"At the moment, Mr. Reilly, we're trying to determine if there's anything wrong with you," she replied snappishly, but not unkindly. Although until recently, she had spent considerably more time studying microbiology than working as a nurse, she had already got enough experience in dealing with overly talkative patients. "Now, lie perfectly still – and stay silent."

He pouted, but complied watching her, as she was watching the monitors and making notes on her pad. She frowned slightly, checked the panel and looked at him strictly.

"Close your eyes," she said.

"Why?" he asked immediately. "It's not necessary for the test."

"It is in your case. We are trying to get an average reading, but when you look at me, your pulse is accelerating, as is your respiration, as is-"

"Fine, I'll close them," he cut her off quickly. "I'm being insulted here."

Christine smiled, returning her attention back to the panel.

"We're done," she announced in a couple of minutes. "You can open your eyes now."

He tried to maintain his pouting expression, but was unable to resist her mildly wicked smile, and grinned back.

"Why do you think Mr. Spock is mean?" she asked curiously, as he sat up on the table and reached for his tunic.

"Let's see," he said with mock consideration. "He never smiles. He doesn't joke. He's always talking about duty. He's adamant about anything concerning ship's business. I don't think even the Captain is as strict as him, and he's only Acting First Officer."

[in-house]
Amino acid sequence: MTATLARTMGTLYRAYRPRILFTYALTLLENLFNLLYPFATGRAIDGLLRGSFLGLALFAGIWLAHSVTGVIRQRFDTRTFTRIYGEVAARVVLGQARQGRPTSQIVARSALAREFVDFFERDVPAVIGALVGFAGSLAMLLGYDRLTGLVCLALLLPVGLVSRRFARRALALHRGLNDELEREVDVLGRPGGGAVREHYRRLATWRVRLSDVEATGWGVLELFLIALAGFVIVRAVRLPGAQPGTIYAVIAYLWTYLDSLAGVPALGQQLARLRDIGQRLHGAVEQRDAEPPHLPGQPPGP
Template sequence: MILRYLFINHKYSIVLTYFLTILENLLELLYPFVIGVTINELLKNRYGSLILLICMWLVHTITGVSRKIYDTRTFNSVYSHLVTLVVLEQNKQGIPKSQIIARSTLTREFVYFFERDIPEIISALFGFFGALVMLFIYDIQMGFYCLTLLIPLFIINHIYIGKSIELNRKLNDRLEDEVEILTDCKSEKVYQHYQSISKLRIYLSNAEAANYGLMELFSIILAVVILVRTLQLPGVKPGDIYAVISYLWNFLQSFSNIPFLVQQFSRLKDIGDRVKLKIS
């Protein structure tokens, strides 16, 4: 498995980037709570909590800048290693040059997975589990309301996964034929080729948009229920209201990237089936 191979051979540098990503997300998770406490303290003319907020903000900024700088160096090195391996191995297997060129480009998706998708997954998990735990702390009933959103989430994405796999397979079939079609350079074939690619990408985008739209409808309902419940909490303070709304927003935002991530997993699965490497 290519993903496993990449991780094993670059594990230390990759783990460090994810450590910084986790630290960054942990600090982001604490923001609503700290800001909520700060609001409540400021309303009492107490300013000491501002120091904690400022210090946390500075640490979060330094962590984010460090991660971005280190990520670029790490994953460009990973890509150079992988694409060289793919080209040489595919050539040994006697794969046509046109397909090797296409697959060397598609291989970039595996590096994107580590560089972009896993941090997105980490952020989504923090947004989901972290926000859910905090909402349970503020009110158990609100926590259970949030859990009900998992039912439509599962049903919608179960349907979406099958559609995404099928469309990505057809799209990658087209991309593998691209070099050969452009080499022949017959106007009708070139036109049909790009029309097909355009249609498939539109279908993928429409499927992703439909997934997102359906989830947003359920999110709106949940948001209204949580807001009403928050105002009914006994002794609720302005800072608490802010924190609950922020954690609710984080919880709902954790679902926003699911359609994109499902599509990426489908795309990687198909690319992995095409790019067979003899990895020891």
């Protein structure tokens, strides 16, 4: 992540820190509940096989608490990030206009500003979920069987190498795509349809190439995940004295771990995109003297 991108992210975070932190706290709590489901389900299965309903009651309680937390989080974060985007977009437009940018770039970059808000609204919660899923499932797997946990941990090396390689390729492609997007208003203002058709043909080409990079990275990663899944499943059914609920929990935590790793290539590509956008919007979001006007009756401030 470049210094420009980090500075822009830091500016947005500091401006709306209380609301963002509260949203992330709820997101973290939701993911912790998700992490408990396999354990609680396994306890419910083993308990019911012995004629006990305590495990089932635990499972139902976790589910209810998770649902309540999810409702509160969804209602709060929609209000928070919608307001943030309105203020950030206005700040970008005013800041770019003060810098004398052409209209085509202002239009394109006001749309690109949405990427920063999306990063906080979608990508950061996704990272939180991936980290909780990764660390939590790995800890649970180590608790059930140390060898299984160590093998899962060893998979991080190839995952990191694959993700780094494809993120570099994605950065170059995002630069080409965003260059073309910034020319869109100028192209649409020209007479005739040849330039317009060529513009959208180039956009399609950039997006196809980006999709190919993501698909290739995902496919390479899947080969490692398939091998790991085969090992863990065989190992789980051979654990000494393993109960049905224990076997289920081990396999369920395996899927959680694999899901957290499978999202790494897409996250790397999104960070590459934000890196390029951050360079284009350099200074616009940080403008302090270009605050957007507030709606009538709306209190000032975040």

"Why is he only acting?"

Reilly shrugged and lowered his voice. "They say he was the one who convinced the Captain to kill our exec. They didn't get along that well, everyone knew that."

Christine's eyes widened in alarm. "Surely, that can't be true."

"I'm telling you, I was there when Captain Kirk said 'We're gonna assume Mr. Spock's plan and maroon Commander Mitchell on Delta Vega.' And they did," Reilly nodded significantly, his voice falling to a bare whisper. "Next thing we know, Mr. Spock is beaming down with a phaser rifle."

"No," Christine breathed out in shock.

"Yes, me dear lady," Reilly nodded again, apparently happy with the impression he was making. "And then he beams back as if nothing had happened, but Lieutenant Kelso's dead, and the Captain's missing. And then we got this 'died in the line of his duty' entry in the Captain's log. Nice move, eh?"

"But it was the Captain, who..."

Reilly looked at her pityingly. "But of course, sweetheart. Mr. Spock didn't kill – he organized the murder. And they say he won't stop with one. Captain Kirk probably knows it, too. That's why he doesn't promote him. He's hoping to maybe feel safer with a new exec."